In the wake of numerousl July Fourth celebrations, several Iowa communities are having second thoughts about a new state law that permits the use and sale of fireworks.

Since early May, Iowa state law has allowed fireworks to be used during two periods throughout the year: June 1 to July 8 and Dec. 10 to Jan. 3, the Globe Gazette reports.  The law allows cities to enforce an outright ban, but prohibits cities and counties from banning sales of fireworks in their jurisdictions.

The Iowa cities of Davenport and Bettendorf, as well as Scott County chose to go along with state law to see what effect the allowance of fireworks would have in their areas, according to the Gazette.

However, those opinions appear to have changed. On July 5, Davenport reinstated its ban on fireworks, according to Iowa TV station KWQC. The decision was made based on fireworks use around the Fourth of July holiday.

"We felt it was important we gave our citizens an opportunity to see if responsible use could happen under those guidelines, and I think we have all been concerned with some of the irresponsible use that we have experienced over the last few weeks," Mayor Frank Klipsch said during a July 5 city council meeting, per the Gazette.

Davenport alderman Mike Matson has said that city officials are working to develop tighter guidelines on usage for future usage, and that the council may not ban fireworks permanently, according to Iowa radio station WVLK.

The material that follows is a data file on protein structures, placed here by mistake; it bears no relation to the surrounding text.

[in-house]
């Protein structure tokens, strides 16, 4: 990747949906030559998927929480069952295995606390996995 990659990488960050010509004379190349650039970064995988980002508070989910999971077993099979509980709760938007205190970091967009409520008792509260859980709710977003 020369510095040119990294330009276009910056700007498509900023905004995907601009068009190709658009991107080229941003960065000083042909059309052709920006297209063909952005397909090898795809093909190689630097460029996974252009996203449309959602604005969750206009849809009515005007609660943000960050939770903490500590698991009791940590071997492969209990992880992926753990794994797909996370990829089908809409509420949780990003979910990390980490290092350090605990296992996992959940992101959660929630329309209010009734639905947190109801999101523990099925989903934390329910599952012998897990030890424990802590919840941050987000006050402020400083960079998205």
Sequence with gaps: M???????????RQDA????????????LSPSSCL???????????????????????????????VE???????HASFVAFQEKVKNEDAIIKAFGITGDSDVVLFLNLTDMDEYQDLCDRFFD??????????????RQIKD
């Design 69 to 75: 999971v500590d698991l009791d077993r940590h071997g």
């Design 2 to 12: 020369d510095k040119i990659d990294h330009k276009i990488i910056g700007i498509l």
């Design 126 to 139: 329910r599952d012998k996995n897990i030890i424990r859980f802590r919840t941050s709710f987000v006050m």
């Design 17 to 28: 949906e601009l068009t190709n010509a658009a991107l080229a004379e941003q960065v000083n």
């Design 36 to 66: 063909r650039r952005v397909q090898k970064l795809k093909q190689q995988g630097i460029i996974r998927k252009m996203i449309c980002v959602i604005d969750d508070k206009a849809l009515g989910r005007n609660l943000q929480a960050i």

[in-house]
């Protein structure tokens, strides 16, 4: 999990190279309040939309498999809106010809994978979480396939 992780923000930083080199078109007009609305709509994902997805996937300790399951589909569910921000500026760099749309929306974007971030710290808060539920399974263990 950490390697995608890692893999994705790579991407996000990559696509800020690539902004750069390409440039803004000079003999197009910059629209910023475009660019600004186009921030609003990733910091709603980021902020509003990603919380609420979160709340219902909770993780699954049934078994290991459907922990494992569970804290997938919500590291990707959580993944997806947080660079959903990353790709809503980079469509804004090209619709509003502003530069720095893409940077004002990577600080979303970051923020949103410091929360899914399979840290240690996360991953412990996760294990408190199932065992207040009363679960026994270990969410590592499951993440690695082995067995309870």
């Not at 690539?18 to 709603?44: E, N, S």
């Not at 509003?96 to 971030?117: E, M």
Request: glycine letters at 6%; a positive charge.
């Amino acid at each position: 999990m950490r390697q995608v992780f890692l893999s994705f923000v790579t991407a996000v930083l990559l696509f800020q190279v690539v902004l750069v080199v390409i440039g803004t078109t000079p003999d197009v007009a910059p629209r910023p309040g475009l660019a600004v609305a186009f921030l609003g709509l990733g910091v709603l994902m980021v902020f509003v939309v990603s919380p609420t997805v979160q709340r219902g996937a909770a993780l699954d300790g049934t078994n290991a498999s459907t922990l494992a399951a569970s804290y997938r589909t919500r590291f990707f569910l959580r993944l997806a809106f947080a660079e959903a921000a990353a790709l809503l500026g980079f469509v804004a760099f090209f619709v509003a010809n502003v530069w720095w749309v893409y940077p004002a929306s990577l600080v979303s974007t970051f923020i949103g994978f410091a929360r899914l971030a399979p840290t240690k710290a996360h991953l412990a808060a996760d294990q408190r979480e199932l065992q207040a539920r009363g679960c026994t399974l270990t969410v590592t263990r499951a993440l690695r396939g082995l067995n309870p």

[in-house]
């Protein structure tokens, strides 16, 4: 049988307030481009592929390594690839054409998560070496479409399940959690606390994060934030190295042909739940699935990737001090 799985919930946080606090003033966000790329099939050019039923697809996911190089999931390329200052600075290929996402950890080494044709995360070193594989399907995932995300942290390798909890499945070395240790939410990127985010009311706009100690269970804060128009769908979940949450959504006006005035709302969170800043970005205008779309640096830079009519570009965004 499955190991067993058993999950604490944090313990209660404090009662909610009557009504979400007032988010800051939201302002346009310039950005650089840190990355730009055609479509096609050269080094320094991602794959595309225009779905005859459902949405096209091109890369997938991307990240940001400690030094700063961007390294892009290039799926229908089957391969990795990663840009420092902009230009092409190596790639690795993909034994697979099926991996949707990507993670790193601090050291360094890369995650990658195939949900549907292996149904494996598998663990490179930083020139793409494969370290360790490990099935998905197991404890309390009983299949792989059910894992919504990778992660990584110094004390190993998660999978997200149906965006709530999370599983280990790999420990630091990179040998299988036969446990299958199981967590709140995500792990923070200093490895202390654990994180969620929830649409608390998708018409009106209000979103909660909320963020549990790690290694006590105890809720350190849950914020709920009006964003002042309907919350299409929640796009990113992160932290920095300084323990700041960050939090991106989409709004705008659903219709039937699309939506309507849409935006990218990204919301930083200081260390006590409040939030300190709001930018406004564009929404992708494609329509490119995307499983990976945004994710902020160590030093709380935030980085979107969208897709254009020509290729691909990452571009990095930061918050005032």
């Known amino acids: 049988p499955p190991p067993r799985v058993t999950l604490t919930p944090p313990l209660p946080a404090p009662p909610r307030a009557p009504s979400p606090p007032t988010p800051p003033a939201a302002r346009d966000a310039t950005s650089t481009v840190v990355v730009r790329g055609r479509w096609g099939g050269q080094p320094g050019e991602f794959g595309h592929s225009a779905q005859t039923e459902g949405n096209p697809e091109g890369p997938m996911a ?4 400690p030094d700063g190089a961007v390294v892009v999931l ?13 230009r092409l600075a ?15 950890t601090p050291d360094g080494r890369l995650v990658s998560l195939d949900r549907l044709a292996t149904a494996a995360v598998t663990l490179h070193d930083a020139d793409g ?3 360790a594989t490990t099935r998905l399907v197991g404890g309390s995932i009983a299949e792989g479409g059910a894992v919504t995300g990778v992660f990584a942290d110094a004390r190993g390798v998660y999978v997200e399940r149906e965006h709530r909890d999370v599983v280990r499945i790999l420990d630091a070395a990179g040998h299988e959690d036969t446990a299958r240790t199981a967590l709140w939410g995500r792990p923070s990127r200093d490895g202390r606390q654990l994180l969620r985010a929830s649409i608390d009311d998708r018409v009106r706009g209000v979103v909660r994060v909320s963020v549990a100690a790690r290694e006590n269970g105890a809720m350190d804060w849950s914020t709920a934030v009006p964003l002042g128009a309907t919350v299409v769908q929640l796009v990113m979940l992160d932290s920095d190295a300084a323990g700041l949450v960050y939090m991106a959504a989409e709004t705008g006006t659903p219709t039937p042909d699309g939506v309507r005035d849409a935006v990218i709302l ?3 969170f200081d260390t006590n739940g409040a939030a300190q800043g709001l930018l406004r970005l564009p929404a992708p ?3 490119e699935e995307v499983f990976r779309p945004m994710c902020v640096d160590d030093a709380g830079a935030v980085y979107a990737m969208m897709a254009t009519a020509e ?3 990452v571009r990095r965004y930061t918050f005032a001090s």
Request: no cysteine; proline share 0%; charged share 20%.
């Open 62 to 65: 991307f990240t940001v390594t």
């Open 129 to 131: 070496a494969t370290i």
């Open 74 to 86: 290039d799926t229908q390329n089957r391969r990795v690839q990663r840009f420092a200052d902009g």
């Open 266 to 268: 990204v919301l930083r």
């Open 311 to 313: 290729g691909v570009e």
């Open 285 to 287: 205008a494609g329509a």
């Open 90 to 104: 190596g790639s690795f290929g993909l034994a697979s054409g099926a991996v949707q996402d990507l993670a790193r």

Bettendorf officials received numerous fireworks-related complaints around the holiday, according to the Quad City Times. While the window fro permissible use has ended for the city, officials have discussed a united ordinance between Bettendorf, Davenport and Scott County for banning fireworks’ usage in their areas.

"All of us at staff level have heard the complaints and made the same observations you have that this is entirely too liberal what the state gave us and that we are going to come back with a pretty aggressive compression of the time frame and hours," Bettendorf City Administrator Decker Ploehn told the Times.

Dubuque, Iowa — one of the cities that hadn’t chosen to go along with state law — made its opinion on the matter known by amending its fireworks ban on July 5, according to Dubuque TV station KWWL


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